Gen Z and the democracy of design

by | Nov 9, 2022 | Technology

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Developing games today is a lot different than developing them 20 years ago. The sheer amount of access to your gaming audience, and the speed of information, is staggering in comparison. To this end, the digital age has solved many issues while creating some new ones. Katherine de León, senior director of product management for YouTube Gaming, has a few thoughts on this exact subject. She shares her views on deliberative debate during her fireside chat with GamesBeat’s Dean Takahashi at GamesBeat Summit Next.

“I do think democratic discourse and transparency are ingrained in this generation,” said de León. “I’ll give you an example. Deliberative debate is an expectation for that generation. They want to have deliberative debate with game makers about the game development process. That is, frankly, almost impossible today because the games industry hasn’t prioritized transparency, and you can’t have informed debate without context. This lack of transparency, I can only imagine, must be anathema to Gen Z because it’s so fundamental to the way they engage online. Back in the oughts, when I was working on Second Life, we were like ‘Okay, 10% of your community is gonna create content, 90% are gonna consume content.’ That is not true anymore.”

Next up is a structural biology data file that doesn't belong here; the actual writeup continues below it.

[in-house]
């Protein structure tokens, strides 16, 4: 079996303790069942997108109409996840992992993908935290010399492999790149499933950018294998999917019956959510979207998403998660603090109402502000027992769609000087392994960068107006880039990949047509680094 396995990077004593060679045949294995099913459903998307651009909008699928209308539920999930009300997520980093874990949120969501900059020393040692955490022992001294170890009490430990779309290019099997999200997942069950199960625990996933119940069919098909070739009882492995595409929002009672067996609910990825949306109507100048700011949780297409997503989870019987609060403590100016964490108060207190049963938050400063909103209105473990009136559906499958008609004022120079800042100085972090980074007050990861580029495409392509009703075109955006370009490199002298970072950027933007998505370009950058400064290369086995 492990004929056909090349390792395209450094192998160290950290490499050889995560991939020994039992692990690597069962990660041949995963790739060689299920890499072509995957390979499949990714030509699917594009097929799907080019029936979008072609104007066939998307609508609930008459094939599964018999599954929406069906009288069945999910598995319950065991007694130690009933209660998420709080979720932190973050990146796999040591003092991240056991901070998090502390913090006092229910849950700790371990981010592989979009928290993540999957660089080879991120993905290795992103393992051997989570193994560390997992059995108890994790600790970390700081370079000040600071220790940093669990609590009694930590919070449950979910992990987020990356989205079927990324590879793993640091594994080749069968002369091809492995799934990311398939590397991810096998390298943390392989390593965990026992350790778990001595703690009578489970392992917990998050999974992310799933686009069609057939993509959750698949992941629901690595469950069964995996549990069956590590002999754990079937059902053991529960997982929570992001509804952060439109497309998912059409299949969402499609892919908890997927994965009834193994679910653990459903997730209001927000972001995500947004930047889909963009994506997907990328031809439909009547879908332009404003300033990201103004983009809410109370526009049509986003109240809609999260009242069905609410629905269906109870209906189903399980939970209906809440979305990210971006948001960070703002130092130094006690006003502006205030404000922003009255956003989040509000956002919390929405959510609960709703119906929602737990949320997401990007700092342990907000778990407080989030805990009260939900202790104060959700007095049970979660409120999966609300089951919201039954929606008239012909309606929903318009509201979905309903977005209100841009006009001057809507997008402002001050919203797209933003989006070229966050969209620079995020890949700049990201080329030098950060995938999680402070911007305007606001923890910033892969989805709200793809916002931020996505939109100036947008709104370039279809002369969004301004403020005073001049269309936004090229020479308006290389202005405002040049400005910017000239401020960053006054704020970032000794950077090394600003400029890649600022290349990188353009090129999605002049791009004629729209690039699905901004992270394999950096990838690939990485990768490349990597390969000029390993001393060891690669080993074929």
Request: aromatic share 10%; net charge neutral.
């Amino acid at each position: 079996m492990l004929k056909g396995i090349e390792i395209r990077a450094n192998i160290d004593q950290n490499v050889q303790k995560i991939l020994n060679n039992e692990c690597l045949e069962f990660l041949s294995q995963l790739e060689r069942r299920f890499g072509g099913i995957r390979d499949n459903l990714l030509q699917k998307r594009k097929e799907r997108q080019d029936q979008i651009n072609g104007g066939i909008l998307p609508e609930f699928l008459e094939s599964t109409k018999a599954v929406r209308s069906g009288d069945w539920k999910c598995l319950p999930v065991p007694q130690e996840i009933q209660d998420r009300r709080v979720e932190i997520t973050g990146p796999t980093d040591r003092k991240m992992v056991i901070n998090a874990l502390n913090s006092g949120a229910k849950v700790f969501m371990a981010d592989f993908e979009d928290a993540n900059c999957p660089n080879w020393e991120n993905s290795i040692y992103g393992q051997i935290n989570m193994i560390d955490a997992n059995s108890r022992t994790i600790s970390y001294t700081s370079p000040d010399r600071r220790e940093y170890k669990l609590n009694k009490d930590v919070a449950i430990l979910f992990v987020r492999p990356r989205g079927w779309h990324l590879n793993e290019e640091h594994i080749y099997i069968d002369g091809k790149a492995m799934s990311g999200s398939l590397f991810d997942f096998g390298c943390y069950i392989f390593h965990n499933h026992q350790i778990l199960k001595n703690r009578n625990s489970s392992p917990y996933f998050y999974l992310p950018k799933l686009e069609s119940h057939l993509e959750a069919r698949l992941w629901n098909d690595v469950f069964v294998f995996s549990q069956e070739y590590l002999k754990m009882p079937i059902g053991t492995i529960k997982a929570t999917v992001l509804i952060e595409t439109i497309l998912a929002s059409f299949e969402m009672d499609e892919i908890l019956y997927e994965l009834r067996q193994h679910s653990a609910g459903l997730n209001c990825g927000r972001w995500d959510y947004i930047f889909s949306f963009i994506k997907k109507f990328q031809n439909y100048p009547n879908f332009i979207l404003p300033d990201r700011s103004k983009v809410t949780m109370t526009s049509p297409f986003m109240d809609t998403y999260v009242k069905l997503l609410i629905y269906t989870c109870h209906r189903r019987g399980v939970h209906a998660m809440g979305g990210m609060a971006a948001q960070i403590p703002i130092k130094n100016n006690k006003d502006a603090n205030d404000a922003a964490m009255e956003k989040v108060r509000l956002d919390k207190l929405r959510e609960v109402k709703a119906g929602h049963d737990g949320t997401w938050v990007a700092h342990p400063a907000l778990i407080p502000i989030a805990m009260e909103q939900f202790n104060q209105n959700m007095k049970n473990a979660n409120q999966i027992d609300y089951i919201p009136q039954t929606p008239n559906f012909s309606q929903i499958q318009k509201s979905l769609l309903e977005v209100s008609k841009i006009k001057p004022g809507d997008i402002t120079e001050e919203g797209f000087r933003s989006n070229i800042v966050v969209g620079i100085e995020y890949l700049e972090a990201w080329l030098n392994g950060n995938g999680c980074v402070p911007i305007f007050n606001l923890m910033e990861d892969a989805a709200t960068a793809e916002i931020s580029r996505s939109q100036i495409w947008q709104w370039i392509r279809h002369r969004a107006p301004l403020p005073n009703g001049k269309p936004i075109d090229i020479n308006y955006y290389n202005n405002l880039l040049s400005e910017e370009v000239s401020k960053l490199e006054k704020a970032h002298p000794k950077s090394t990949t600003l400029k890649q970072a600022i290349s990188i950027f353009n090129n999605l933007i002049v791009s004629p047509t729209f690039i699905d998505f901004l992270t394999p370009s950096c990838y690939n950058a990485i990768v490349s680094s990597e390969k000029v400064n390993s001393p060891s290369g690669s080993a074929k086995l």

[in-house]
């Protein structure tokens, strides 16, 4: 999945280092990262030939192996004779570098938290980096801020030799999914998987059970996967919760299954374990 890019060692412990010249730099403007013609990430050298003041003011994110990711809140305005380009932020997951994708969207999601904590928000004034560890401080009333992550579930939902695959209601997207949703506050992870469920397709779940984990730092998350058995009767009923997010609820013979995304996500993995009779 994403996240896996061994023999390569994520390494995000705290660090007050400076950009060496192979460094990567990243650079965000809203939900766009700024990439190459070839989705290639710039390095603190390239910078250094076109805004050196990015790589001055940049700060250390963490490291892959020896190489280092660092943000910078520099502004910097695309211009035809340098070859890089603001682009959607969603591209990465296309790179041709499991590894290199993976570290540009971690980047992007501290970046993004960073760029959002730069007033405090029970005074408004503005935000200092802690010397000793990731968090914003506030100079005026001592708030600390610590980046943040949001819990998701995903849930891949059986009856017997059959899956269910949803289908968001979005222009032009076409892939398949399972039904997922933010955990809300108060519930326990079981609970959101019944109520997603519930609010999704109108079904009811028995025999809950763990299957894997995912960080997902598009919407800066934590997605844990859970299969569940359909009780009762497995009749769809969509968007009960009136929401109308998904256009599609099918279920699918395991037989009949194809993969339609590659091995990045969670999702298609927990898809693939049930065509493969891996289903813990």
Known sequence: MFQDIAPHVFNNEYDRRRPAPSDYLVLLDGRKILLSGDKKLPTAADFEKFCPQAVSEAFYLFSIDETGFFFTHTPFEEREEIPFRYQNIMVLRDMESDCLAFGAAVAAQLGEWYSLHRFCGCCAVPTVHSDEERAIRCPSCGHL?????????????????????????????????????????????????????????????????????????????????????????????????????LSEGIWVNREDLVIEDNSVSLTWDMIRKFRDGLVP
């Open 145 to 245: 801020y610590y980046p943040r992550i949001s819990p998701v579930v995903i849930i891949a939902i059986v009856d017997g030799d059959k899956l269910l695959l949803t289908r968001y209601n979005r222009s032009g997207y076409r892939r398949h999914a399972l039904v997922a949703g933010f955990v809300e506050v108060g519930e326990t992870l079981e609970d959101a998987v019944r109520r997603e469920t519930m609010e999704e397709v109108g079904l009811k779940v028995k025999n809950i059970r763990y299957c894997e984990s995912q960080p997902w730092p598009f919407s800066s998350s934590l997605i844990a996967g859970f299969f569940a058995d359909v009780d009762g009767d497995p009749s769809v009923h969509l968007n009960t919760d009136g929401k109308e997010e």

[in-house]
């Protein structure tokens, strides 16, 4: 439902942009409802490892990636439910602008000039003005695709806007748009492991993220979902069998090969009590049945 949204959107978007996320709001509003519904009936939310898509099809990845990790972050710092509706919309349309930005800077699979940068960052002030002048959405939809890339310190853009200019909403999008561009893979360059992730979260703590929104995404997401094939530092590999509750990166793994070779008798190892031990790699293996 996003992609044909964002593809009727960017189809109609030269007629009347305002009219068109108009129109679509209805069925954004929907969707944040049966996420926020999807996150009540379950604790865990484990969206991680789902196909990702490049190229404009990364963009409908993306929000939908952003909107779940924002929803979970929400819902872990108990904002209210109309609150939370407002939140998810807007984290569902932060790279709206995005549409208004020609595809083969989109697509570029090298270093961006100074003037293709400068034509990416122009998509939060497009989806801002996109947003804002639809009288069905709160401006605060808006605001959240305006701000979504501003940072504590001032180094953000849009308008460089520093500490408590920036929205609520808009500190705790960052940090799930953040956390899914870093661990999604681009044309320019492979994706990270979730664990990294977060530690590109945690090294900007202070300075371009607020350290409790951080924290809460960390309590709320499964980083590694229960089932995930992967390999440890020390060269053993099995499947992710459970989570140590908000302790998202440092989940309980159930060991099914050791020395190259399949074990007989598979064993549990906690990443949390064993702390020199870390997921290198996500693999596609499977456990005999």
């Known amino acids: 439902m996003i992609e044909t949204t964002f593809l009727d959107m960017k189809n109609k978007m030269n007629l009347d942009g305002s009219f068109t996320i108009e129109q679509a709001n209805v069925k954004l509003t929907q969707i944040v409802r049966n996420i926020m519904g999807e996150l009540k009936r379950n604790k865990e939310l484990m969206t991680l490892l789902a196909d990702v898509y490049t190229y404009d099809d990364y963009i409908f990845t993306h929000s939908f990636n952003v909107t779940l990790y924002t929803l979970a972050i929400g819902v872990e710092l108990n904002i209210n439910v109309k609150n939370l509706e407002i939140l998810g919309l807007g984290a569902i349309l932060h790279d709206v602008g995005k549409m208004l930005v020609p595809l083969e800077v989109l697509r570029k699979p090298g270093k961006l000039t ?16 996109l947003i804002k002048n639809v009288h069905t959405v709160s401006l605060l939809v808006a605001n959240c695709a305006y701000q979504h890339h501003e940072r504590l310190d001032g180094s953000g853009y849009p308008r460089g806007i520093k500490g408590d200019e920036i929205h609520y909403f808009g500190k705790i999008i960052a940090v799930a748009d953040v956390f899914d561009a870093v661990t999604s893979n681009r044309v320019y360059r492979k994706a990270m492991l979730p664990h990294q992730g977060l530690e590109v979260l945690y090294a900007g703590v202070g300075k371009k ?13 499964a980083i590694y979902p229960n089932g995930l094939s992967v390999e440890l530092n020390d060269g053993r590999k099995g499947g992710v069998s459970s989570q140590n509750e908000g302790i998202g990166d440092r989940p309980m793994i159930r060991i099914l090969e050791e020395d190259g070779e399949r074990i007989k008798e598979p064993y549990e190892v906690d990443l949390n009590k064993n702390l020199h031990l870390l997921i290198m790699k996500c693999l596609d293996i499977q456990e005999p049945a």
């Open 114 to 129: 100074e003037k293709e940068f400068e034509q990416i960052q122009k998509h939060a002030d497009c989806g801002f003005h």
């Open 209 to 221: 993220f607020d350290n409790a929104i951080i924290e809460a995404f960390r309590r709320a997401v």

“According to YouGov, two thirds of Gen Z is creating content for an audience that’s broader than their family and friends,” continued de León. “That means that most teens are creators. Why do they expect to have deliberative debate about content creation? Because that’s the way they operate in the world and in their creation processes. “

In today’s world, it’s common for a developer or journalist to slip up and cause contention. What leads to this kind of interaction? De León believes some of these issues come from a secretive industry meeting an audience that is hungry for engagement.

“To be fair, technology doesn’t offer a whole lot by way of effective deliberative debate tools,” said de León. “So those conversations are often superficial or worse, volatile. Who hasn’t had an experience or known somebody who’s a game maker who has gotten into a volatile exchange with a fan on the internet. This is compounded by the fact that the games industry has a very long history of keeping secrets. We are not very transparent about game development practices and in particular the decision making process. So I think there’s this combination of Gen Z’s expectations around transparency and deliberative debate and the creation of products combined with underdeveloped, deliberative debate tools. And a history of the games industry sort of being opaque in the approach to d …

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